Smith explained how their calculations showed that the ribozyme's internal dynamics included an active site, or "mouth," which opens and closes to control the reaction. The concentration of magnesium ions directly impacts the ribozyme's movements.

"When there's no magnesium present, the mouth closes, the substrate can't get in, and the reaction can't take place. We found that magnesium ions bind to a special location on the ribozyme to keep the mouth open," Smith said.

The research was published as "Magnesium-Dependent Active-Site Conformational Selection in the Diels-Alderase Ribozyme" in the Journal of the American Chemical Society. The research team included Tomasz Berezniak and Mai Zahran, who are Smith's graduate students, and Petra Imhof and Andres Jδschke from the University of Heidelberg.

Smith's research was supported by Laboratory Directed Research and Development program funding. The bulk of the simulations were performed on the Kraken supercomputer at the UT/ORNL National Institute for Computational Sciences, supported by a National Science Foundation Teragrid allocation, and the resulting data were analyzed on the Heidelberg Linux Cluster System at the Interdisciplinary Center for Scientific Computing of the University of Heidelberg.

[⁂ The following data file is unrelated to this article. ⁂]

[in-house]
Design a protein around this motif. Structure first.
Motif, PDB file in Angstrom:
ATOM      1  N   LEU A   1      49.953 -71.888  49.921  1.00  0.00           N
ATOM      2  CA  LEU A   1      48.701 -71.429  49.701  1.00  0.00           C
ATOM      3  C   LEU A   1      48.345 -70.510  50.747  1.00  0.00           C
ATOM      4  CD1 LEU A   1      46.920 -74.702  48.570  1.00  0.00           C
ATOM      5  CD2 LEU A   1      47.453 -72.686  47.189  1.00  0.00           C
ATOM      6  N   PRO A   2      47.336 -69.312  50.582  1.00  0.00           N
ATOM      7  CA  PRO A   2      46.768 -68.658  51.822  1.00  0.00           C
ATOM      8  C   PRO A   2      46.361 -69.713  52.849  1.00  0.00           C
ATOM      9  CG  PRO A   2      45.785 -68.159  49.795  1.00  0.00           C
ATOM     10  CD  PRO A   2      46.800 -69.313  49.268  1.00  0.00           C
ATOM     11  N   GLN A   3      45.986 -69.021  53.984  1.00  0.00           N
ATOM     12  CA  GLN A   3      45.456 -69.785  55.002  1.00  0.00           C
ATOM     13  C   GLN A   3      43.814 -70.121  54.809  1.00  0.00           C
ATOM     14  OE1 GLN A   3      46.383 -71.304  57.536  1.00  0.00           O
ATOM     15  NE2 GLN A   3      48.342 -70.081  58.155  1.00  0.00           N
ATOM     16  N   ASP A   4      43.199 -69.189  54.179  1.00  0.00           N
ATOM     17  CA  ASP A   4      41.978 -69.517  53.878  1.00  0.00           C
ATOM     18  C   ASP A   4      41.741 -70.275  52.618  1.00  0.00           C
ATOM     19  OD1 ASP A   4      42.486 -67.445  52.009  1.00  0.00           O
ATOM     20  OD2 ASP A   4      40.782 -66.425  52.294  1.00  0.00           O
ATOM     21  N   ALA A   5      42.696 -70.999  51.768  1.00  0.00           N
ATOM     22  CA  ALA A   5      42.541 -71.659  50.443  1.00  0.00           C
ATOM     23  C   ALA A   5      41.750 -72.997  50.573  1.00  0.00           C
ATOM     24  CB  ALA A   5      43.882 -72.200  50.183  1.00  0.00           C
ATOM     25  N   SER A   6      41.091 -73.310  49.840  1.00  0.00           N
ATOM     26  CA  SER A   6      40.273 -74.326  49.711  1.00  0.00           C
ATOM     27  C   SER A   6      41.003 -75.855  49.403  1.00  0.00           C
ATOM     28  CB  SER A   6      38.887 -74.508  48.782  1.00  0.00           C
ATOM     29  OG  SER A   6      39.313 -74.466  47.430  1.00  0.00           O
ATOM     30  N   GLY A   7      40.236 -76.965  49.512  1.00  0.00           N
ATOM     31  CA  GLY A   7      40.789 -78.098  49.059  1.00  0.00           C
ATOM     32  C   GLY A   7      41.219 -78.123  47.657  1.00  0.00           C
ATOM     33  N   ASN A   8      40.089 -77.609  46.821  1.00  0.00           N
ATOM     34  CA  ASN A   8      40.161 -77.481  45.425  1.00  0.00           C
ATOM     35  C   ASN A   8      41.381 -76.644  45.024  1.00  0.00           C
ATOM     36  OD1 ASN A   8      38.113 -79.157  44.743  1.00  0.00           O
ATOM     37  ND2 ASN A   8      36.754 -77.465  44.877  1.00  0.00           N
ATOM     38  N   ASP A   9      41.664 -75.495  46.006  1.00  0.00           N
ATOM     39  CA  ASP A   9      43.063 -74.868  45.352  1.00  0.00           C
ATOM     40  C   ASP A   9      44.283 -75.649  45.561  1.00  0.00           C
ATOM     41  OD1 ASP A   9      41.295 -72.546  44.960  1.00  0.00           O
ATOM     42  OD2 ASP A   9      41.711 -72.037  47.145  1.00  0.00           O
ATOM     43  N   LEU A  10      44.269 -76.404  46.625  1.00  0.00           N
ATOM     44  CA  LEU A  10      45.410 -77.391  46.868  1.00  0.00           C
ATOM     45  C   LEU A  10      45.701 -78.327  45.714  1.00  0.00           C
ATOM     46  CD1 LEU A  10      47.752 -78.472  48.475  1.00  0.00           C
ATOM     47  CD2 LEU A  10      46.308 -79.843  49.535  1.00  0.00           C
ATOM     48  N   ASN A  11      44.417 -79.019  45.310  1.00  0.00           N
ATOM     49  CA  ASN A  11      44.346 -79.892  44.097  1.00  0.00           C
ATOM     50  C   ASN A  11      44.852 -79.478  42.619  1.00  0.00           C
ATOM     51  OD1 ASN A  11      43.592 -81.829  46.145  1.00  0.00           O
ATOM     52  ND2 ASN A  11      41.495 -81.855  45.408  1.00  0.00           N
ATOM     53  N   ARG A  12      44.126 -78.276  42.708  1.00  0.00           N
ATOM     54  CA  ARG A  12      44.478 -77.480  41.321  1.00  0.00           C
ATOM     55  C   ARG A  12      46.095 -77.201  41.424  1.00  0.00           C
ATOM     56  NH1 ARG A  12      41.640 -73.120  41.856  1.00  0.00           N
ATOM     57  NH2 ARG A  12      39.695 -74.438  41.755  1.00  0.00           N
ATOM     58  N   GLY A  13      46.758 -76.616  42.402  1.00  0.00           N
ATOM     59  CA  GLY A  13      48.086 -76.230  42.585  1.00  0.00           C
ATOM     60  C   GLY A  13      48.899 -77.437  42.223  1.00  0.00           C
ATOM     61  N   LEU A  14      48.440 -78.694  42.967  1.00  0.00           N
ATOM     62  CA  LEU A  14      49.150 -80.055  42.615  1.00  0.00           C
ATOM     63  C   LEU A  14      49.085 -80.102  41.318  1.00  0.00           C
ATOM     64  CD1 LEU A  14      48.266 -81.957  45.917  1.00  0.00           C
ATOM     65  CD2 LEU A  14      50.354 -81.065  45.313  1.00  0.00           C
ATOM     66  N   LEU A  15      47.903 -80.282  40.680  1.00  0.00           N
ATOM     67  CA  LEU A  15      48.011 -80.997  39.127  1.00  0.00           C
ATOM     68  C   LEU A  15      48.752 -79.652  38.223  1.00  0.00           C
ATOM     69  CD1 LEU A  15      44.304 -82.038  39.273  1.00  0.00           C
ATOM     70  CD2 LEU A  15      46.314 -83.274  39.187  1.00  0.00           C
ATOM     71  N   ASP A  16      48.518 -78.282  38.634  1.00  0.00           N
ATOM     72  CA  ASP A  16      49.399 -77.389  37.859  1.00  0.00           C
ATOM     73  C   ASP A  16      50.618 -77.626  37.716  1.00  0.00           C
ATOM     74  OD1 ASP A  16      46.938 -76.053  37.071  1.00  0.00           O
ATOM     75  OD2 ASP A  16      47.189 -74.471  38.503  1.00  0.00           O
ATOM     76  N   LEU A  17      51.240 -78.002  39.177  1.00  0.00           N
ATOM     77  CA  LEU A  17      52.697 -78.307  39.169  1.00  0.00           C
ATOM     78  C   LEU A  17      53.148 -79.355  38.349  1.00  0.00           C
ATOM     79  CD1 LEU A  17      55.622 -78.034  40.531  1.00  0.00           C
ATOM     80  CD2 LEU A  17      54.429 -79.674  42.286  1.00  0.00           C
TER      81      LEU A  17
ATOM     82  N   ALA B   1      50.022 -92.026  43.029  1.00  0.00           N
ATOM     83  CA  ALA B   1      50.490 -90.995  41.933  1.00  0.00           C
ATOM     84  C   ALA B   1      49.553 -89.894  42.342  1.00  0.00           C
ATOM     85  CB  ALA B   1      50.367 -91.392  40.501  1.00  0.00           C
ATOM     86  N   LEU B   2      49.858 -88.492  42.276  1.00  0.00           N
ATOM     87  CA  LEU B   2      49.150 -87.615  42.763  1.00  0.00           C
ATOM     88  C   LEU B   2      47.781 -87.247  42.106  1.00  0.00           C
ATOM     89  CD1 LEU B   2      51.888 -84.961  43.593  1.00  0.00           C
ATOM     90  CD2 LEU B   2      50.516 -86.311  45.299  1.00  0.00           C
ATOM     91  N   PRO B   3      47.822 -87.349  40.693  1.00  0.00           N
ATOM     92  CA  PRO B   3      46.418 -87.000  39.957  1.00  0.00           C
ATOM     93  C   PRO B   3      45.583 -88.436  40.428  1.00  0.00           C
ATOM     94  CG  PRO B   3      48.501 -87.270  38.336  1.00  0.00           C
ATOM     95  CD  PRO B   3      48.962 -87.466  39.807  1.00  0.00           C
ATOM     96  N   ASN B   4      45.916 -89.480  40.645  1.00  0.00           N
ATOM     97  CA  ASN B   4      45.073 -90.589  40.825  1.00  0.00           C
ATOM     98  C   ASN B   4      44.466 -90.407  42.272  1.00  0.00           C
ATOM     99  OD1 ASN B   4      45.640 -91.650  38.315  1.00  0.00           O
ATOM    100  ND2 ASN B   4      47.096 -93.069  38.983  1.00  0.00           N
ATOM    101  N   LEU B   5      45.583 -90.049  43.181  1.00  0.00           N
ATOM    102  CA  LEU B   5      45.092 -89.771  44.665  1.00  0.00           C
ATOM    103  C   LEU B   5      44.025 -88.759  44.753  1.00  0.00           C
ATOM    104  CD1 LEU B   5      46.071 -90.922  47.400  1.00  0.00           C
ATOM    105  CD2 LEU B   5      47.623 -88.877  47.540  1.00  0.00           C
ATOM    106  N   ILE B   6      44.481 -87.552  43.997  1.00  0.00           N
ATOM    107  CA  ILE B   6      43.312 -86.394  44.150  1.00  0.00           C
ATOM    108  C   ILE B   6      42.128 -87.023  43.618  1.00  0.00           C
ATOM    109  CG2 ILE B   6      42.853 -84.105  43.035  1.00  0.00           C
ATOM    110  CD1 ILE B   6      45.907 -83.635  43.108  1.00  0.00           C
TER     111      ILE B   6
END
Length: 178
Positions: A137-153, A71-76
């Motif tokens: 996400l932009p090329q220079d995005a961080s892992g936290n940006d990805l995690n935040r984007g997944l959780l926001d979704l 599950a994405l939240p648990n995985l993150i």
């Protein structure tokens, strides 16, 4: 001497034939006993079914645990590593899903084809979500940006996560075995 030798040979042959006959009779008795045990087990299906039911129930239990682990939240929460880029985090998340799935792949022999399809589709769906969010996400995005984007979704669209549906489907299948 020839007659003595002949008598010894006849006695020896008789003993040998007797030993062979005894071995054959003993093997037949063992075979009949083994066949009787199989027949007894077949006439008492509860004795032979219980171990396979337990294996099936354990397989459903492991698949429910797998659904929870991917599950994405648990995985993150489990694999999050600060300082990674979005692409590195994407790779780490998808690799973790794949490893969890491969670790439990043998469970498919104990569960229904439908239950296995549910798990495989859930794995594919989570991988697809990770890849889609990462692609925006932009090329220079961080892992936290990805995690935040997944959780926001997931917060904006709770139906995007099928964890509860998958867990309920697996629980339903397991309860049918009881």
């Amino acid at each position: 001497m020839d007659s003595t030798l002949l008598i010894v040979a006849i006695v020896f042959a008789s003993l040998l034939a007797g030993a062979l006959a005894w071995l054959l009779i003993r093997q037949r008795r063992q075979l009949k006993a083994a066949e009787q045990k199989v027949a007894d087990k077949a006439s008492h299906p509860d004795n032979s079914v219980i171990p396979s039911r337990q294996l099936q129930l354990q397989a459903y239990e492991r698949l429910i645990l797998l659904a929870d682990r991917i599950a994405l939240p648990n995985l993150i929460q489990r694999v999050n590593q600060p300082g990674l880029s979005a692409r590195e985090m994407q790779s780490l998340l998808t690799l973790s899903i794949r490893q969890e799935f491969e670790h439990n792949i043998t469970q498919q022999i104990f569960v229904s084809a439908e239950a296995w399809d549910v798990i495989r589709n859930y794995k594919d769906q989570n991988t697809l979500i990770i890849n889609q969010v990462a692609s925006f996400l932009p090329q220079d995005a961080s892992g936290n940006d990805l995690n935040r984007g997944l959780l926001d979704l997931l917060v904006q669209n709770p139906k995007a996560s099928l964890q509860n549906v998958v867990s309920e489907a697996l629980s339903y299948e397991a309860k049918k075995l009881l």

Story Source:

The above story is based on materials provided by DOE/Oak Ridge National Laboratory. Note: Materials may be edited for content and length.


Cite This Page:

DOE/Oak Ridge National Laboratory. "Powerful supercomputer peers into the origin of life." ScienceDaily. ScienceDaily, 4 October 2010. <www.sciencedaily.com/releases/2010/10/101004151725.htm>.
DOE/Oak Ridge National Laboratory. (2010, October 4). Powerful supercomputer peers into the origin of life. ScienceDaily. Retrieved November 29, 2014 from www.sciencedaily.com/releases/2010/10/101004151725.htm
DOE/Oak Ridge National Laboratory. "Powerful supercomputer peers into the origin of life." ScienceDaily. www.sciencedaily.com/releases/2010/10/101004151725.htm (accessed November 29, 2014).

Share This


More From ScienceDaily



More Fossils & Ruins News

Saturday, November 29, 2014

Featured Research

from universities, journals, and other organizations


Featured Videos

from AP, Reuters, AFP, and other news services

New Dinosaur Species Found in Museum Collection

New Dinosaur Species Found in Museum Collection